UK must plant new woodland twice the area of Sheffield each year to reduce climate impact of land use

Embargo: 00:01 Thursday 25 April 2019
Caterina Brandmayr Caterina BrandmayrHead of climate policy020 7630

More ambitious action, including planting 70,000 hectares of new woodland per year and banning peatland burning, needs to start now to halt the climate impact of farming and land use, according to new analysis.
New research today from the think tank Green Alliance finds that major changes are needed now to meet the NFU’s target of net zero carbon emissions from land use by 2040. [1]
UK greenhouse gas emissions from farming and other rural land uses were over four times those from UK industrial processes in 2016.[2]
It is predicted that, without concerted action, the sector could be one of the largest greenhouse gas emitters in the UK by 2050.
Although other sectors, like industry and power, have been targeted by government climate change policies, decarbonising land use has not been a clear objective of EU or UK agricultural policy. 
Greenhouse gas emissions from agriculture have not fallen since 2008.

A new strategic approach would not only cut emissions, but significantly improve the ability of natural systems to store carbon.
The changes needed include:
  • Planting the equivalent of twice the area of Sheffield in trees each year across the UK. [3]
  • A programme of extensive peatland restoration and ending damaging practices, including extraction for horticulture and peatland burning. 
  • New support for lower carbon farming methods, backed up by changes to consumer and business demand and trade deals which specify high environmental standards. [4]
 These changes could cut nearly 60 per cent of the emissions from land use over the next decade.
Other positive side effects would be to enhance biodiversity, reduce flood risk and increase the resilience and productivity of farming.
The report finds that a rapid rollout of low carbon measures should be made across the system, on both the supply and demand sides, with a shift to healthier diets helping to support land use change.
Any delay will be costly if there is further degradation and potentially “the fundamental eradication of soil fertility”, as environment secretary Michael Gove has warned.[5]
Sir Graham Wynne, former member of the UK Committee on Climate Change, said:
“Climate action is a big opportunity for UK farmers and land managers. If we get it right, new, low carbon models of land management will make farms more productive and resilient to the effects of climate change.”
“Delay will only make the challenge greater and more expensive. It takes time for trees to grow and soil to recover. This transformation needs to start now, not in the future.”
Caterina Brandmayr, senior policy analyst at Green Alliance, said:
“UK farmers and land managers will be the main agents in rapidly cutting greenhouse gas emissions from land use. But the government needs to give them a stronger business case to act and support them through the transition, with incentives to innovate.” 
“New investment via post-Brexit agriculture support will be important. However, as Defra’s new Environmental Land Management system won’t come into play until 2025, transitional support arrangements should also have low carbon aims.”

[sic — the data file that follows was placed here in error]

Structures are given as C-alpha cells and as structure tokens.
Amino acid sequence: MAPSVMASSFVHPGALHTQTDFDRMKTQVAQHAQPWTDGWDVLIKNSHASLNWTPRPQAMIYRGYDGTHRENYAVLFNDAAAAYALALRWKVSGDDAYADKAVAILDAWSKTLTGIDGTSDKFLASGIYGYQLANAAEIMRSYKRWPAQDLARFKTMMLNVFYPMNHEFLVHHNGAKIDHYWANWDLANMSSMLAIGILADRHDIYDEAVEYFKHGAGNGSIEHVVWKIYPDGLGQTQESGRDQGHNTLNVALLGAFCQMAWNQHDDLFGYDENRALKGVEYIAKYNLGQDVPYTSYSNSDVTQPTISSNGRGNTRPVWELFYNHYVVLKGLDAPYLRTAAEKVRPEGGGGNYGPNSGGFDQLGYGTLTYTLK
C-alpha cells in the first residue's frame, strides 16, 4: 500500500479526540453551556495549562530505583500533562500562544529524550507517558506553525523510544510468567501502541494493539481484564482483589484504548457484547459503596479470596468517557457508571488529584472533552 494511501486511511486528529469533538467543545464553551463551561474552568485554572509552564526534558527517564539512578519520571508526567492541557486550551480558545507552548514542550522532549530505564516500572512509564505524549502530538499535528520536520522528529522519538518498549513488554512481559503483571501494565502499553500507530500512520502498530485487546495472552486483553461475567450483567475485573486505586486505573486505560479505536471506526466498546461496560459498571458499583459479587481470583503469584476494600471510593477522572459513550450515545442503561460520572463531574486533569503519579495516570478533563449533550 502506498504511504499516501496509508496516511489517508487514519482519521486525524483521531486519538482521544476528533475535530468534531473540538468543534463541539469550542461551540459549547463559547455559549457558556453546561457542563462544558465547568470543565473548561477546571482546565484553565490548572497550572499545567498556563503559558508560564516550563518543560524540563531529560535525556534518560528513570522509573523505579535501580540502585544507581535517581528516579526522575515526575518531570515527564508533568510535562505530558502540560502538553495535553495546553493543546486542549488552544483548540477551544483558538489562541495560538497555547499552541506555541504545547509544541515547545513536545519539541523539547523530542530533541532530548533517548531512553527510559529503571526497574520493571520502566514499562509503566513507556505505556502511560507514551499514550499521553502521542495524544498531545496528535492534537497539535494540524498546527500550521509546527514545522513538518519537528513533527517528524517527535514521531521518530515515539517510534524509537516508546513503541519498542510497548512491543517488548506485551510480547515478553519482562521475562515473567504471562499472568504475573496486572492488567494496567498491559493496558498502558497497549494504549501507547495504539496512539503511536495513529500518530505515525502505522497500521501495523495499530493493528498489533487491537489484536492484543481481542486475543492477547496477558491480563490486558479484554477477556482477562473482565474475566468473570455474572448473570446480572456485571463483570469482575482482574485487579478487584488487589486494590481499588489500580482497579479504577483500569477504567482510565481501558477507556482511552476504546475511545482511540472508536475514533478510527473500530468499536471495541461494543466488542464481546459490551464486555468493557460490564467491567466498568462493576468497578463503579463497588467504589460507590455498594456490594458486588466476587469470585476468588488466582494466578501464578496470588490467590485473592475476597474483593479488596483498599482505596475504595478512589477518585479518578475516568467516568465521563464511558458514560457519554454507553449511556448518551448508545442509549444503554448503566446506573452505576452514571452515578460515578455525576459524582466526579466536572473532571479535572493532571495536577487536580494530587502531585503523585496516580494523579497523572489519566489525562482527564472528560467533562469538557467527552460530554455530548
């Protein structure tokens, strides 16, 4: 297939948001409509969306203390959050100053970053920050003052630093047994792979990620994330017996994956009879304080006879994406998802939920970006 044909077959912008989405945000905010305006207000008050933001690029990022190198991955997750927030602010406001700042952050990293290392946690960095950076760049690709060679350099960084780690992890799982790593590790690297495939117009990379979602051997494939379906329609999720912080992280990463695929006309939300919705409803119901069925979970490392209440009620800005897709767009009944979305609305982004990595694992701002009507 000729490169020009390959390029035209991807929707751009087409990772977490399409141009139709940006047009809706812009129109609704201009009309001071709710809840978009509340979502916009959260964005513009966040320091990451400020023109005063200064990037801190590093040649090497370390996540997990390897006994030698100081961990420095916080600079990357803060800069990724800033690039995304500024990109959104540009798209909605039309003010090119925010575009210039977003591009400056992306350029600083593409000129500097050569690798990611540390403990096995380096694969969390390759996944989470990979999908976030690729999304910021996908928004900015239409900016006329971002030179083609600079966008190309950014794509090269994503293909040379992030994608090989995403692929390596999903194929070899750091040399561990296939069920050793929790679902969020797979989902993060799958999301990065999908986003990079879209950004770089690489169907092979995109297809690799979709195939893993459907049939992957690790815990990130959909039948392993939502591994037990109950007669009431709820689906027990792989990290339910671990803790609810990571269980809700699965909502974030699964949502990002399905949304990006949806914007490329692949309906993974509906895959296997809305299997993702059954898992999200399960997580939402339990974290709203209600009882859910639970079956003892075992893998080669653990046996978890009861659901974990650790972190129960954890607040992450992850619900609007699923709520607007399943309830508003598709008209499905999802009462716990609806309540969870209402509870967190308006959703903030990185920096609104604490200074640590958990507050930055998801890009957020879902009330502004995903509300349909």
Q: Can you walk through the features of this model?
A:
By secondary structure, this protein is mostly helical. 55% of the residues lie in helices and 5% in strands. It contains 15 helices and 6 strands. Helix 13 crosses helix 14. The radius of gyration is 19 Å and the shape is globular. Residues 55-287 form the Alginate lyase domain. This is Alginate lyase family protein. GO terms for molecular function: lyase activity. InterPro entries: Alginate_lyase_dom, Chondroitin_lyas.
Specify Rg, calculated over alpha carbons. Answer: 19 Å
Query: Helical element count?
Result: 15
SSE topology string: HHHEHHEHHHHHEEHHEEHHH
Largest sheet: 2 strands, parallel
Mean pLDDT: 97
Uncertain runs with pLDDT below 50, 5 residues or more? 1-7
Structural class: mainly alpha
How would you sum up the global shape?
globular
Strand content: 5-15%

Caterina Brandmayr, senior policy analyst, Green Alliance (available for interview), 020 7630 4516
Notes for editors
About Green Alliance
Green Alliance is a charity and independent think tank, focused on ambitious leadership for the environment. With a track record of 40 years, Green Alliance has worked with the most influential leaders from the NGO, business, academic and political communities. Our work generates new thinking and dialogue, and has increased political action and support for environmental solutions in the UK.
[1] Green Alliance, Cutting the climate impact of land use, April 2019
This report was supported by an expert steering group chaired by Sir Graham Wynne, Green Alliance trustee and former member of the UK Committee on Climate Change Adaptation Sub-Committee. The steering group members were: Professor Tim Benton, Ruth Davis MBE, Professor Dame Georgina Mace and Professor Peter Smith.
A full methodology for the numerical analysis is available at
[2] The Committee on Climate Change, 2018, Land use: reducing emissions and preparing for climate change estimates that 47 MtCO2e came from agriculture and the related land use sector in 2016. This estimate includes net emissions from peatlands and excludes buildings, infrastructure and urban green spaces as well as emissions from machinery and off-road farm vehicles. According to the Department for Business, Energy and Industrial Strategy, 2016, UK greenhouse gas emissions, final figures, emissions from industrial processes in 2016 were 10.5 MtCO2e.
[3] The area of Sheffield is about 36,700 hectares. The report estimates that 70,000 hectares of new woodland are needed per year to get on track to achieve a net zero agriculture and related land use sector.
[4] Measures to reduce greenhouse gas emissions from farming include preventing and treating livestock disease, novel feeds to reduce methane from cattle and sheep, more efficient use of nitrogen fertilisers including the use of legumes to fix nitrogen in soil, and better manure storage and treatment for example by anaerobic digestion. Farmers can also increase the amount of carbon stored in plants and soils, for example using agroforestry, reducing tillage intensity, and growing different crops or grasses to draw down carbon into the soil.
[5] The Guardian, UK is 30-40 years away from 'eradication of soil fertility', warns Gove, 24 October 2017

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